Fake CIA agents are trying to steal your Bitcoin

23 Mar, 2019
by Joeri Cant
Fake CIA agents are trying to steal your Bitcoin

Apparently scammers of the worst kind are now posing as US Central Intelligence Agency agents, to trick potential victims into giving up $10,000 worth of their hard-earned Bitcoin.

In a recent Reddit post titled 'CIA got me fam', posted by user sajber, a screenshot is provided of a new email scam designed to make potential victims think they are being investigated by agents of the CIA in relation to an international criminal case of 'distribution and storage of ponographic electronic materials involving underage children.'

The email goes on to point out that the targetted victims are part of a police sting which is about to arrest more than 2,000 individuals suspected of paedophilia across 27 countries.

However, all these legal troubles can go away, if they would just transfer $10,000 in Bitcoin to an address controlled by Hong Lees, a federal agent working for the CIA‘s Directorate of Science and Technology.

Read more: Who is Gnosticplayers, the hacker selling business firms data for BTC?

Just in case you are wondering, yes, it is an obvious scam. The CIA is not out there trying to get your Bitcoins, and in case you come accross one of these deplorable emails, the best course of action is to simply not respond.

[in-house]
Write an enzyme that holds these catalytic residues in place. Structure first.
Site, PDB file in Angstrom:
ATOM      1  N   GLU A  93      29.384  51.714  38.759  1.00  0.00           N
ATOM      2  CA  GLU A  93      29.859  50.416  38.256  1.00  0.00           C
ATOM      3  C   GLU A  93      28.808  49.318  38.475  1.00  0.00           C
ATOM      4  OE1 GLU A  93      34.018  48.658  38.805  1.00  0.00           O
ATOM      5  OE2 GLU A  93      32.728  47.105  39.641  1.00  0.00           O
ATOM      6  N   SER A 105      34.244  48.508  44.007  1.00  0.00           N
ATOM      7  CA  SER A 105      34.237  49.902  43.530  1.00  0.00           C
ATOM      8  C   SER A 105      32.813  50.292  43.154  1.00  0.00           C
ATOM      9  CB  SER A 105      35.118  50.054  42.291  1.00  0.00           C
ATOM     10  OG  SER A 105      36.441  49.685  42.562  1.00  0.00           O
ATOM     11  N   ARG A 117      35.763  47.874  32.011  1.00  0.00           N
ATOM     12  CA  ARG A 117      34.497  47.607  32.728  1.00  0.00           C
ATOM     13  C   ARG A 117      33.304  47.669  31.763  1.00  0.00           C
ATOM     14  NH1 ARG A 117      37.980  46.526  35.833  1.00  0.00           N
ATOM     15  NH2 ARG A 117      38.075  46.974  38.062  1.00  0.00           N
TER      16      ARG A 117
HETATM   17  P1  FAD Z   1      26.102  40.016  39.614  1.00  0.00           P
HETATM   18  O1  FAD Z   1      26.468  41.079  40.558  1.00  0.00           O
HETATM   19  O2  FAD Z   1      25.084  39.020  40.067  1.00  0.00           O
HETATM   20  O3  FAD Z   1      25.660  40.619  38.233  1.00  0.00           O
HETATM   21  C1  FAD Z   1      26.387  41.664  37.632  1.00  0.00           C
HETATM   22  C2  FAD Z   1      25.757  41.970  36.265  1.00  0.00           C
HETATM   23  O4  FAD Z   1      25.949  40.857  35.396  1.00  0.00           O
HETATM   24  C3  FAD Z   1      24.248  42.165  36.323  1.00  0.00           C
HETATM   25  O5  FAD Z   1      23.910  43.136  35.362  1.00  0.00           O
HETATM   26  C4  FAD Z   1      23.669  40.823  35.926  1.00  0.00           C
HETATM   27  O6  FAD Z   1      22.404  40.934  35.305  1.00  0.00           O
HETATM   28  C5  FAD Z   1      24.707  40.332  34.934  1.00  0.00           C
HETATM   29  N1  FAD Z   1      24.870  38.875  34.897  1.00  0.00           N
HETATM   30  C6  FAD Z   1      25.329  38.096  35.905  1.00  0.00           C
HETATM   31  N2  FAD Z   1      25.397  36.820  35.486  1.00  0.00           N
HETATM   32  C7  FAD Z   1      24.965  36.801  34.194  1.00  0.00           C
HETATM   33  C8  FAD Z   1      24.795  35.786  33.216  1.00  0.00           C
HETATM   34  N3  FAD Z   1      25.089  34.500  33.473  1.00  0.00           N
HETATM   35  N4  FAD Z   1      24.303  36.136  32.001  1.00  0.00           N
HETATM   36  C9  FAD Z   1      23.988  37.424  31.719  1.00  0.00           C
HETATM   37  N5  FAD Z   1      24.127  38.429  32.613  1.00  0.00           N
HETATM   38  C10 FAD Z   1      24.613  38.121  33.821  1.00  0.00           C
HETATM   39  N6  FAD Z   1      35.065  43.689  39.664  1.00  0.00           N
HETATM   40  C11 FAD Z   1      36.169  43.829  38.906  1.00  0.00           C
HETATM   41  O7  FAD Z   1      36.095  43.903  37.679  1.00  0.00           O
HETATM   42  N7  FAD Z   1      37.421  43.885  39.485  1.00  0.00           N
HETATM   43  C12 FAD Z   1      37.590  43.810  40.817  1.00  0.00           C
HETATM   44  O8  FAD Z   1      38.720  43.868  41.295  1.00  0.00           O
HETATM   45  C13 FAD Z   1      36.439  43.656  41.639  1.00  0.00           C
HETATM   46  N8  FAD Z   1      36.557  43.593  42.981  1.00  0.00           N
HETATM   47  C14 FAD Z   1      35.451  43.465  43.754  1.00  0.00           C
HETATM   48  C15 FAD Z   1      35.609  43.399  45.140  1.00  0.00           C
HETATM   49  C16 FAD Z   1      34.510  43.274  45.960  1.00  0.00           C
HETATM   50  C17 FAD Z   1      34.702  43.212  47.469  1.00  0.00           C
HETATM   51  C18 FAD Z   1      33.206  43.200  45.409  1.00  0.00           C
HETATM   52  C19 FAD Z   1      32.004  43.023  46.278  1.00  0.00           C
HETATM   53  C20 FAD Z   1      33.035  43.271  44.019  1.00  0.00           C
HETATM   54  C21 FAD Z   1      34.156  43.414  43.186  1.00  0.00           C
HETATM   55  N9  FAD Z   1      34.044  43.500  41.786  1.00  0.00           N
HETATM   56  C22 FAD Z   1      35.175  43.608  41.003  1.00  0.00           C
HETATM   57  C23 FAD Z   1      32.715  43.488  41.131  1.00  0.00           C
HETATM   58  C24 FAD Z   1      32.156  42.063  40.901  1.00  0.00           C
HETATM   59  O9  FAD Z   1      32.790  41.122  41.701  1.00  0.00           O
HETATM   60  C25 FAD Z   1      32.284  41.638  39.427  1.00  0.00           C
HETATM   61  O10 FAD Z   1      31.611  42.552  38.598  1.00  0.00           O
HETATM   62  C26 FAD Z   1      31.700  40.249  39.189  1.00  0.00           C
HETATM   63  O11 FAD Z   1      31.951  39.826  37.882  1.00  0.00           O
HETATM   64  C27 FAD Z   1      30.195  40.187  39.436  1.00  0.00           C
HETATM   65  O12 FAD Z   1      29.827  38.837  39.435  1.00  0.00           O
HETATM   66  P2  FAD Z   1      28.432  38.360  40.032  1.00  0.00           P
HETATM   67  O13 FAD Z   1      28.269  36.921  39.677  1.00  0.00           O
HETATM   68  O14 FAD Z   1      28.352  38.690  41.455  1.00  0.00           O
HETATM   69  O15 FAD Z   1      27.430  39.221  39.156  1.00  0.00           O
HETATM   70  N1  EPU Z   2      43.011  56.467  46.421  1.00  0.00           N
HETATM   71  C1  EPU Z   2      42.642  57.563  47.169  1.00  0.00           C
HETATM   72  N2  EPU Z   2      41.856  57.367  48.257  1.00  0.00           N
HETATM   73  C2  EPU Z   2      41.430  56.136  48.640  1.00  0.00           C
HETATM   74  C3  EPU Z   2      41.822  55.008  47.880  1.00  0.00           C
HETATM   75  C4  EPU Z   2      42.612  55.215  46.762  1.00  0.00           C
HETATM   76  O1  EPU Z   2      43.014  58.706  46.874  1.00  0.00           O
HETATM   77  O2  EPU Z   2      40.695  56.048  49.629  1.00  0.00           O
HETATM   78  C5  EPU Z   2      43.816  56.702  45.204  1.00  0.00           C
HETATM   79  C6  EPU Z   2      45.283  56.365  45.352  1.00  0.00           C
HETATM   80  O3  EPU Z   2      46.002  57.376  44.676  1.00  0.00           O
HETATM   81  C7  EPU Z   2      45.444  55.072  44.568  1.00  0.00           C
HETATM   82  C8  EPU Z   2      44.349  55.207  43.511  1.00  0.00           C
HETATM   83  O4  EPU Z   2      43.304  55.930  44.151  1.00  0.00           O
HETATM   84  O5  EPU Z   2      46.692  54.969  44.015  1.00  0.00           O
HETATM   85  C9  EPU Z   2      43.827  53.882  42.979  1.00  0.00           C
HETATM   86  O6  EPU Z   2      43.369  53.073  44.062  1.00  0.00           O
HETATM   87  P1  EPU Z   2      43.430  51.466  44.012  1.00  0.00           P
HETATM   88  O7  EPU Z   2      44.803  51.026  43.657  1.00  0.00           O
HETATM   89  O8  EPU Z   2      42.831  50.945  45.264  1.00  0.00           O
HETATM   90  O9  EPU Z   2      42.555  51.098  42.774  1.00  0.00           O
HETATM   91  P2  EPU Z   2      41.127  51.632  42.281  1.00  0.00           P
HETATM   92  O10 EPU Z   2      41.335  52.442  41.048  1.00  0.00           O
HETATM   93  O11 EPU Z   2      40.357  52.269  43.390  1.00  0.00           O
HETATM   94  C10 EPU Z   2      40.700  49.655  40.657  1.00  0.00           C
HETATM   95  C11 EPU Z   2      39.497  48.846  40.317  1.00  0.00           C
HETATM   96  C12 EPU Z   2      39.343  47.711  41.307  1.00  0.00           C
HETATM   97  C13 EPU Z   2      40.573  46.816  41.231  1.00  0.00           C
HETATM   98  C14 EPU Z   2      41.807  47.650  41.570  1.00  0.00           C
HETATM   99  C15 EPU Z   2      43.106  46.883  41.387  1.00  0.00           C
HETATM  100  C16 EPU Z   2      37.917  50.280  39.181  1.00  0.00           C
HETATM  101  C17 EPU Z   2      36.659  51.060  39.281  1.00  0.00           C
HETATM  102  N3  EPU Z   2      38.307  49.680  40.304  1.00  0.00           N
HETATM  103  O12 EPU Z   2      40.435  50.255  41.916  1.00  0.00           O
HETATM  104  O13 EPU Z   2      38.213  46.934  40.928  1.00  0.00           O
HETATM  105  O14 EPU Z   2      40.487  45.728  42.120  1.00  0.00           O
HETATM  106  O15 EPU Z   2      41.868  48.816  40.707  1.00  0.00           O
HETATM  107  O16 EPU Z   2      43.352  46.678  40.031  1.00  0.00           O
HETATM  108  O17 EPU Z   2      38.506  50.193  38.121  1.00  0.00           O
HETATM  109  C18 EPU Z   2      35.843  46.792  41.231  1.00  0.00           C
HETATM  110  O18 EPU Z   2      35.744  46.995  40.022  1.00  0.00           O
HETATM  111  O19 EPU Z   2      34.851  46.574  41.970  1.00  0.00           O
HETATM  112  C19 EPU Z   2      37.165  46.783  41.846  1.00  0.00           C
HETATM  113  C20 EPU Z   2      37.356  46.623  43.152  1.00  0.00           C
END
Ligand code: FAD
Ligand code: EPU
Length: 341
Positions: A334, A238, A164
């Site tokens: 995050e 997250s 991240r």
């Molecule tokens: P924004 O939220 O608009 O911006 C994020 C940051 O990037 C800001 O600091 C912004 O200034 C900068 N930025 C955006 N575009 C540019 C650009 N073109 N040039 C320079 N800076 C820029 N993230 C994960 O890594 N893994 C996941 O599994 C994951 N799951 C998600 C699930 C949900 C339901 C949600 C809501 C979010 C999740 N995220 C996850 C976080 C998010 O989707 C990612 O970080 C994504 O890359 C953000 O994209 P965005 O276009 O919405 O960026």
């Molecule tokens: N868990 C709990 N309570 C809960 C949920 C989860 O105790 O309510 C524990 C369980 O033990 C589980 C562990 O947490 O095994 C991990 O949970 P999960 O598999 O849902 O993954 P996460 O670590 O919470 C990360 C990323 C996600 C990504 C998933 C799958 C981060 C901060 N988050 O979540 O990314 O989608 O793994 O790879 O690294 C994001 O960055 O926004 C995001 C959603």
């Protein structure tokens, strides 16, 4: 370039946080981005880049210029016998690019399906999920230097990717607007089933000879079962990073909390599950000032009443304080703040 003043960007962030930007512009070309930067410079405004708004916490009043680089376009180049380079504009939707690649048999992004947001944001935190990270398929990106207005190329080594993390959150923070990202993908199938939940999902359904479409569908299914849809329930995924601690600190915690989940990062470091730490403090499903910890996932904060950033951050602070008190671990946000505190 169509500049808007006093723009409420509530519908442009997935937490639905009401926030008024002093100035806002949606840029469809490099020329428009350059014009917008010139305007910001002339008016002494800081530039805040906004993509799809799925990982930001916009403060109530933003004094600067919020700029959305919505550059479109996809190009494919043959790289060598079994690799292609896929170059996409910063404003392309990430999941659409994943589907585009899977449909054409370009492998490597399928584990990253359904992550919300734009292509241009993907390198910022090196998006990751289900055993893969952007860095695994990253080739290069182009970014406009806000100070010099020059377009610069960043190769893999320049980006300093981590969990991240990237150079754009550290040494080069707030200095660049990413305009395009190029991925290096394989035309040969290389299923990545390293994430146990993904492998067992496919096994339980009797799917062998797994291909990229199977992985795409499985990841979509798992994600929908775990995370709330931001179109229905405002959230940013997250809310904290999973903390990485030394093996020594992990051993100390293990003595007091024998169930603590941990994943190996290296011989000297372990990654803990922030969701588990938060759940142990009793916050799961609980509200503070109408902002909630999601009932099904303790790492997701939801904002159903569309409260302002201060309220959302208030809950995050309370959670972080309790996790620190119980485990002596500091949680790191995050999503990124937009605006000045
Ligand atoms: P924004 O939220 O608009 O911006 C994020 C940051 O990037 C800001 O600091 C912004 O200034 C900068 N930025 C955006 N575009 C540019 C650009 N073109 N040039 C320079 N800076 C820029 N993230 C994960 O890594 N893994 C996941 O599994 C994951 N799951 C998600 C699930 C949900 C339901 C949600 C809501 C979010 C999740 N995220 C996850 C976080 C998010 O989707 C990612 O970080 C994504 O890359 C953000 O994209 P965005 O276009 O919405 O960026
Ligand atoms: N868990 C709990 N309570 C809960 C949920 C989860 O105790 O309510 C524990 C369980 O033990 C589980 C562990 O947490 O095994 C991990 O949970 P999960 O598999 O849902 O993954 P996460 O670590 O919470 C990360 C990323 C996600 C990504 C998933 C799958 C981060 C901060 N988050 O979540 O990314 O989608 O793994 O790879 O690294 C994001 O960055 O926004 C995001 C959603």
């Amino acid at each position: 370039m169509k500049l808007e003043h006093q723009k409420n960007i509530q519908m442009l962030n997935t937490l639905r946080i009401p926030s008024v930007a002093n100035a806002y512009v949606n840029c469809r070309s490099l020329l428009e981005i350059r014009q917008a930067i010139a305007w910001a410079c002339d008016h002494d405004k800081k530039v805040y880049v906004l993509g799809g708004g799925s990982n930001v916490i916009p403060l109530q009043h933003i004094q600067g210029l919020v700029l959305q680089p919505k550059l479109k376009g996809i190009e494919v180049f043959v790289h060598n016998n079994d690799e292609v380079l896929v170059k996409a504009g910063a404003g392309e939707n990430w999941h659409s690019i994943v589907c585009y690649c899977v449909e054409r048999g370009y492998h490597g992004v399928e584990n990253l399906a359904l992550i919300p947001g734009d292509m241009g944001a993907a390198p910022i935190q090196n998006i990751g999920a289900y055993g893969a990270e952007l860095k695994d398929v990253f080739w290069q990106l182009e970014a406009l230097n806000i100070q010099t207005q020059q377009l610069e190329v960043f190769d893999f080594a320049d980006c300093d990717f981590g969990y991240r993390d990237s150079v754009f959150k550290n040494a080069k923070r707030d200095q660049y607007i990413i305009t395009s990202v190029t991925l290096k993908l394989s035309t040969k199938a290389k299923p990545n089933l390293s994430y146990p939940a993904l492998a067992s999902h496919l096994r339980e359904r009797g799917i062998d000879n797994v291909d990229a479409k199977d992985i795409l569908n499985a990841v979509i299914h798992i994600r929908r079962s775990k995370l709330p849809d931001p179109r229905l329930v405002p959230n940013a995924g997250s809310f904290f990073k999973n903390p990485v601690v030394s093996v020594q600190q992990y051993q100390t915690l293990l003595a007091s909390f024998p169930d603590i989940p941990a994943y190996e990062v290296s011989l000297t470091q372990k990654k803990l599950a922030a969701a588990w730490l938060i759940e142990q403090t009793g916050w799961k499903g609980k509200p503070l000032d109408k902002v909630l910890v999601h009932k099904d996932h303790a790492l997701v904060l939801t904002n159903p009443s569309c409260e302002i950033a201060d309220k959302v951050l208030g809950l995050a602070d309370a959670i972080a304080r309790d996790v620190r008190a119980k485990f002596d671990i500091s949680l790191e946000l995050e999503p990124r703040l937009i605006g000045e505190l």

Unfortunately, it is impossible to know how successful these scammers are with this new email scam. It turns out that these fraudsters are generating unique Bitcoin addresses, for each email they sent.

Recently Chepicap reported that according to a report from Digital Shadows, cybercriminals are monetizing on ‘sensitive data’ including ‘sextortion’ scams which request a ransom in exchange for what the scammers claim is video proof of the victim watching or engaging in adult content online.

High net-worth and income targets are preferred, and it seems that sextortion gangs troll through LinkedIn to find their targets. The Digital Shadows report detailed one such victim willing to pay $768,000 a year to keep the blackmail material under wraps.

Read more: 'Sextortion' blackmail makes scammers as much as $300k in BTC

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